Given that the global effects of climate change will fall disproportionately on poor countries in Asia and Africa, rich countries like the US and EU members cannot claim moral high ground in combating climate change if the tools used to do so leave the most vulnerable holding the tab. Moreover, there are straightforward solutions to address the legitimate complaints of developing countries, which, if implemented, would have the effect of making mechanisms like the GASSA more effective in both environmental and geopolitical terms. Here’s how.

First, the US, EU, and other wealthy countries could offer grants to subsidize transition to the new standard for developing economies. At meetings in Japan in May, G7 countries signaled their willingness to do this, committing to create a “Partnership for Resilient and Inclusive Supply-chain Enhancement.” The G7 statement gave little detail about how such a partnership might work, but one model might be the subsidy agreement between the US, UK, Germany, and South Africa brokered at COP26 in 2021: Under this agreement, the donor countries committed to offer $8.5 billion to help South Africa phase out its use of coal.

As part of the GASSA or as a complement to it, donors might offer countries that produce steel, like Brazil or Turkey, funding to transform their production to meet the standard. They might also offer countries that import steel to use making goods which eventually end up in US or EU markets, like Mexico, funding to buy clean steel for those inputs. Donors might pay for this from the 0.7 percent of gross national income they are already committed to spend on development under the SDGs. Alternatively, development banks have an important role to play in pooling donor funds and facilitating access for developing economies. Incoming World Bank director Ajay Banga has already indicated that climate finance will be an area of focus during his tenure, and this kind of funding should be part of any World Bank package.

Second, the GASSA should be accompanied by direct financing to firms in the supply chain that will need to undertake upgrades to retain their ability to sell to US and EU buyers. This could take the form of technology transfer from their buyers, export credits that offset other costs of trade in exchange for what firms will be investing in GASSA compliance, loans to support firms in altering their production or consumption practices, or even phased introduction of the new rules—as the EU has implemented with the CBAM—that give supplier firms time to catch up. Here too, there is an important role for development banks to play: The World Bank has a private-sector arm, the International Finance Corporation, that lends to firms in developing countries. The World Bank could make an IFC fund available to firms in developing countries that can show that some of their products are headed for the GASSA bloc.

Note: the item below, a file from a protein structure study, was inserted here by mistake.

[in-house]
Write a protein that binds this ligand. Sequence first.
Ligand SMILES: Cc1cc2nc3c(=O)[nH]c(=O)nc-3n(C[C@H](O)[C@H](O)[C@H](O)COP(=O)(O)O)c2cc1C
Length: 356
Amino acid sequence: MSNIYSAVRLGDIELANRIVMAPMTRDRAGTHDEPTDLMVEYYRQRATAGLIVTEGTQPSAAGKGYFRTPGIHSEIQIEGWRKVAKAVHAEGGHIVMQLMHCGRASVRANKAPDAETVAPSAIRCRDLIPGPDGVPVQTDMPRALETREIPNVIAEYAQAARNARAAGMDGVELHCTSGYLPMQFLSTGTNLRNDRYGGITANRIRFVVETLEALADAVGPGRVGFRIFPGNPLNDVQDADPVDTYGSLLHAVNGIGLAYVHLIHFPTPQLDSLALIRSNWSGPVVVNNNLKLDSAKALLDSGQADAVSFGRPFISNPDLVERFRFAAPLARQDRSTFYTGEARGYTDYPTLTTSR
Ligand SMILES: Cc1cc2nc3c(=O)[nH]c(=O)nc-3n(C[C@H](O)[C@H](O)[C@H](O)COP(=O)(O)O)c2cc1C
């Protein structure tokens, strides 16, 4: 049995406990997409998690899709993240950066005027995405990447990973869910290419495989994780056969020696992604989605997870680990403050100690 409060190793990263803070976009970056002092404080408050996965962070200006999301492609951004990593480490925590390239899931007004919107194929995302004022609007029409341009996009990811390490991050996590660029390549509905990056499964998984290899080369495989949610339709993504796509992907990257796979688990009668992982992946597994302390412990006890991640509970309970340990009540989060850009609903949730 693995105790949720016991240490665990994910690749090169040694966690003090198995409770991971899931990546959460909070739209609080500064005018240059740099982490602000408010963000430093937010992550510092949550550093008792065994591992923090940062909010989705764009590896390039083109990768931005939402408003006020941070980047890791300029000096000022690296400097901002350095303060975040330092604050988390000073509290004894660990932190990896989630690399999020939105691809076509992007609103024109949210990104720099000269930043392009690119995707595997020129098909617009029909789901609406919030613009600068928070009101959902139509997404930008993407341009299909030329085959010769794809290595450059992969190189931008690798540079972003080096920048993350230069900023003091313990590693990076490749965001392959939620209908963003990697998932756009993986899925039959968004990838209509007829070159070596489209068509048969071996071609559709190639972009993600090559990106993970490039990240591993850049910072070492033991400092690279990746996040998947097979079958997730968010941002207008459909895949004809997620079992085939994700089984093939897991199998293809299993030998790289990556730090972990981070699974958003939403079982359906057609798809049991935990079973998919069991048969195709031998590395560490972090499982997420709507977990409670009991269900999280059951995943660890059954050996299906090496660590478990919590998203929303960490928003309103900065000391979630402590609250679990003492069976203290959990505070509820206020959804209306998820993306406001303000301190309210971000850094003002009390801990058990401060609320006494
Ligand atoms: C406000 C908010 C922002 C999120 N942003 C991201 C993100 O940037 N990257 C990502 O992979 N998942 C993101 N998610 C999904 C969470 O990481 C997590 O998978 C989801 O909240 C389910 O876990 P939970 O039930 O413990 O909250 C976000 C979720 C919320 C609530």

Third, some developing countries raising distributional complaints about the move to “climate clubs” are understandably sore because they have in the past wanted to impose trade restrictions to achieve important policy objectives of their own, and been blocked by WTO challenge. Were the GASSA members to guarantee that these countries would be free from legal challenge if they departed from a narrow reading of GATT on issues that mattered to them, some would be willing to accept the cost of a carbon barrier on the US and EU border. India, for example, has suggested it intends to challenge the EU’s CBAM, but has also indicated that it would stand down the challenge if given policy space to protect its technology industry with barriers of its own.

Building in these types of policy levers—subsidies or loans for transition to clean production at both the country and firm levels, and space for industrial policy—is both right and prudent. It takes the cost of addressing climate change off the backs of the most vulnerable, while also making clubs like the GASSA more effective. If countries that currently have a financial incentive to buy cheap and carbon-intensive steel—either for domestic consumption or as an input to manufactured goods—are given incentives to buy from more sustainable suppliers, that expands the policy’s environmental reach. To the extent that the cheap and carbon-intensive steel that the GASSA hopes to replace comes largely from China, giving developing countries an alternative supply route at no extra cost to them is a geostrategic win for the West. For wealthy economies like the US and the EU, the cost of these incentives is a small price to pay to achieve our climate goals, with significant political upside.

Moreover, by building on the existing commitments to development funding that both the US and EU members have made, development finance built in as part of the GASSA would also help the two parties finesse the politics of WTO compliance, by placing the deal within the scope of international agreements that WTO officials already recognize. It has been over 15 years since the WTO’s efforts to broker a global agreement on trade and development—the Doha Round—collapsed in acrimony between developed and developing countries. A climate agreement that appeared to revive the link between trade and development would have a valid claim to be furthering the WTO’s own goals, rather than impeding them.

In this way, addressing the legitimate concerns of developing countries, as part of GASSA design, will also make it easier for the US and the EU to get the policy through multilateral fora, and open a path to green trade.